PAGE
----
Glacial Landforms

Glacial Landforms in Relation to the Himalayas

Glaciers are represented by the flowing movement of a thick mass of ice and form as a result of the compaction or recrystallization of snow. Glaciers occur in areas whose climate favours the seasonal accumulation of snow in greater volumes than seasonal ablation. Here the seasonal accumulation of snow outpaces seasonal ablation that occurs due […]

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Himalaya | Seeking a Coordinated Approach in Glacier Research

The 2400 km long arcuate Himalaya-Hindu Kush mountain range supports largest accumulation of snow and ice following the Polar regions of Arctic and Antarctic and Greenland. Apart from the several peaks that attain more than 8000 m heights above mean sea level, the Himalaya also brings to life many major rivers that support ~1.3 billion […]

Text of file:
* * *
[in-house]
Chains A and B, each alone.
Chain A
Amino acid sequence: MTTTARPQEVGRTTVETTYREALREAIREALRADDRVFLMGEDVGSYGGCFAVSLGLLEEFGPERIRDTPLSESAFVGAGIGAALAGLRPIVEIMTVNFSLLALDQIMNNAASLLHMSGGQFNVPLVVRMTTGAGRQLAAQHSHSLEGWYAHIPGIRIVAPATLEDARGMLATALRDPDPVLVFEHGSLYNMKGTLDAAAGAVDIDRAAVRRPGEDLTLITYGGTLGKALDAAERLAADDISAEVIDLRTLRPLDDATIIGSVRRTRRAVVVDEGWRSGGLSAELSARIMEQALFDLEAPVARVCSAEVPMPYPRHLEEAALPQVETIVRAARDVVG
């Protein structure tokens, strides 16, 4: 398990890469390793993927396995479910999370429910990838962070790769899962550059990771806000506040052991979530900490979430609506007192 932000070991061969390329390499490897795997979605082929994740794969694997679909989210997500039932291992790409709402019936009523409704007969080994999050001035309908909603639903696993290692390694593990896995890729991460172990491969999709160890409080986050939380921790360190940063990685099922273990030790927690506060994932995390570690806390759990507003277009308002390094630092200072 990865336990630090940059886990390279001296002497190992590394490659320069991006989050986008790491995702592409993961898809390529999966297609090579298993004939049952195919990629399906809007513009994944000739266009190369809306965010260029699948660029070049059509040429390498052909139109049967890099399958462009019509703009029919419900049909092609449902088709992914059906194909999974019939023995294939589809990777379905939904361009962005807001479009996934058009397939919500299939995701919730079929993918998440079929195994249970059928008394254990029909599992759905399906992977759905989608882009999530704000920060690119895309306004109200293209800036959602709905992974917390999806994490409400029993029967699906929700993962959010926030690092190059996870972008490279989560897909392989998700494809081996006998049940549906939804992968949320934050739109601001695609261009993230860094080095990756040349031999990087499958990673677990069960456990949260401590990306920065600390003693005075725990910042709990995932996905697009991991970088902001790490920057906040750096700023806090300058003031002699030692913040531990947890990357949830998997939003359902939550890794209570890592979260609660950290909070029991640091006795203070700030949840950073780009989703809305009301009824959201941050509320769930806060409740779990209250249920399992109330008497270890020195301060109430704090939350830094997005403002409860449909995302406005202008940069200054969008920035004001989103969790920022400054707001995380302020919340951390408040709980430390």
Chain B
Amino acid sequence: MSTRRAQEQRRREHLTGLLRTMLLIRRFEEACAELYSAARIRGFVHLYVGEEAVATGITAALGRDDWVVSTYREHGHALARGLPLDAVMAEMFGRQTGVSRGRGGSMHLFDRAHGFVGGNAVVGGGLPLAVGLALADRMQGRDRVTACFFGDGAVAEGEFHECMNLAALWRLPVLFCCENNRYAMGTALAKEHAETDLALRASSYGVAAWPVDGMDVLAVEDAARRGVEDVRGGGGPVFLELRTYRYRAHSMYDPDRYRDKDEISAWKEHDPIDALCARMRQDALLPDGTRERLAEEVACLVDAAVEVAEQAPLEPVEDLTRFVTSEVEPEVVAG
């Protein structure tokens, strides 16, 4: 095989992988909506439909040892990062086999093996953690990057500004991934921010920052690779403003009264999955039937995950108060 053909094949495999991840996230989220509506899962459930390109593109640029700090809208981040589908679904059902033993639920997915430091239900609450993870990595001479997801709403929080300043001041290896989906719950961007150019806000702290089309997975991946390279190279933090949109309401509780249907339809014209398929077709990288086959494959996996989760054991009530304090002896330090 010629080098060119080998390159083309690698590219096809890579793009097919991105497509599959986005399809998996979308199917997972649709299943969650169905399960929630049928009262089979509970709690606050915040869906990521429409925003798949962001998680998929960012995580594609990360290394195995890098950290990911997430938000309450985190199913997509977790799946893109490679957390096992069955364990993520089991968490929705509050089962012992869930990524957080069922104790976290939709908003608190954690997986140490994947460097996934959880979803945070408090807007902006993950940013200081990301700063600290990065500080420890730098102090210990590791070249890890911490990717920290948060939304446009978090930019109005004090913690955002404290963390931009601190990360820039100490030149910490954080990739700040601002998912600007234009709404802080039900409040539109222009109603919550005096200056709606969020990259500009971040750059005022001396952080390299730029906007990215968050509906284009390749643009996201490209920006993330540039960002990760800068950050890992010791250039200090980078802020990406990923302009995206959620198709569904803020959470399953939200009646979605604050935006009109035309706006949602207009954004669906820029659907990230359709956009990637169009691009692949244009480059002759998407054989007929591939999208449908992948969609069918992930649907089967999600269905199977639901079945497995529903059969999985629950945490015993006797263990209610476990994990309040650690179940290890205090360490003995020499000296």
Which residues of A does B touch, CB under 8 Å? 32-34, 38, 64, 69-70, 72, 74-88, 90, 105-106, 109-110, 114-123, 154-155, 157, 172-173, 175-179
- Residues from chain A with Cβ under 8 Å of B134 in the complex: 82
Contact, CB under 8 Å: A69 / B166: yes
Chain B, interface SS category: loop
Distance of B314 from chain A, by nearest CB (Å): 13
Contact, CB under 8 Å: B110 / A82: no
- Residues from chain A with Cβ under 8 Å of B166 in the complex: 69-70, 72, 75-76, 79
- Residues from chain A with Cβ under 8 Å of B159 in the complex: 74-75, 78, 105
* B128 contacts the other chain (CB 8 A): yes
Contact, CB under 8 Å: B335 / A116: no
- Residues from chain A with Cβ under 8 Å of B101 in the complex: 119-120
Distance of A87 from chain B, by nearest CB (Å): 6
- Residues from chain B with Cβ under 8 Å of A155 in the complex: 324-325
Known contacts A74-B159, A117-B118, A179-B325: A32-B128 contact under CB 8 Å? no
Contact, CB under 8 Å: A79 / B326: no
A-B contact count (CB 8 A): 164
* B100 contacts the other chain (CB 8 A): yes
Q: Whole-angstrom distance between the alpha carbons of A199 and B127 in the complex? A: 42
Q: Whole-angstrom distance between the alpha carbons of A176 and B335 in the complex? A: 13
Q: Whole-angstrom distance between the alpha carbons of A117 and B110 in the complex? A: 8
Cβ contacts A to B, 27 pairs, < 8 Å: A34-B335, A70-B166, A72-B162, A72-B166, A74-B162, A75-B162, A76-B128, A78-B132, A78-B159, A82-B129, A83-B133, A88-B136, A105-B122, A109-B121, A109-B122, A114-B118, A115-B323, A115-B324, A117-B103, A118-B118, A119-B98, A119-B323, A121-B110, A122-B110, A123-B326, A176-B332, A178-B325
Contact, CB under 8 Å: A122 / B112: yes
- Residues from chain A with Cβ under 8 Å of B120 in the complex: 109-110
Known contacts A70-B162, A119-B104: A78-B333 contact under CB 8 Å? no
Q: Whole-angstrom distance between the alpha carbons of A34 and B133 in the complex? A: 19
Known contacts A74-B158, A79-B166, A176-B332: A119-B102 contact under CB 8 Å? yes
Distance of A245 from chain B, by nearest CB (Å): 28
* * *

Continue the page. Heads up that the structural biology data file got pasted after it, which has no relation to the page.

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On Thin Ice: Arctic, Antarctic and the Himalayas

The melting of snow in the Arctic and Antarctic due to global warming and climate change is reported frequently. However, the melting of the Himalayan glaciers goes largely unreported, even though more people are impacted. Anomalies in temperatures, global cryosphere and sea level rise are the driving factors for negative impact on global conveyor belt […]

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Climate change

The Himalayan ecosystem has 51 million people who practice hill agriculture and whose vulnerability is expected to increase with changing climatic regime. The National Action Plan on Climate Change envisages a National Mission for sustaining the Himalayan ecosystem to evolve management measures for sustaining and safeguarding the Himalayan glacier and mountain ecosystem. An observational and […]

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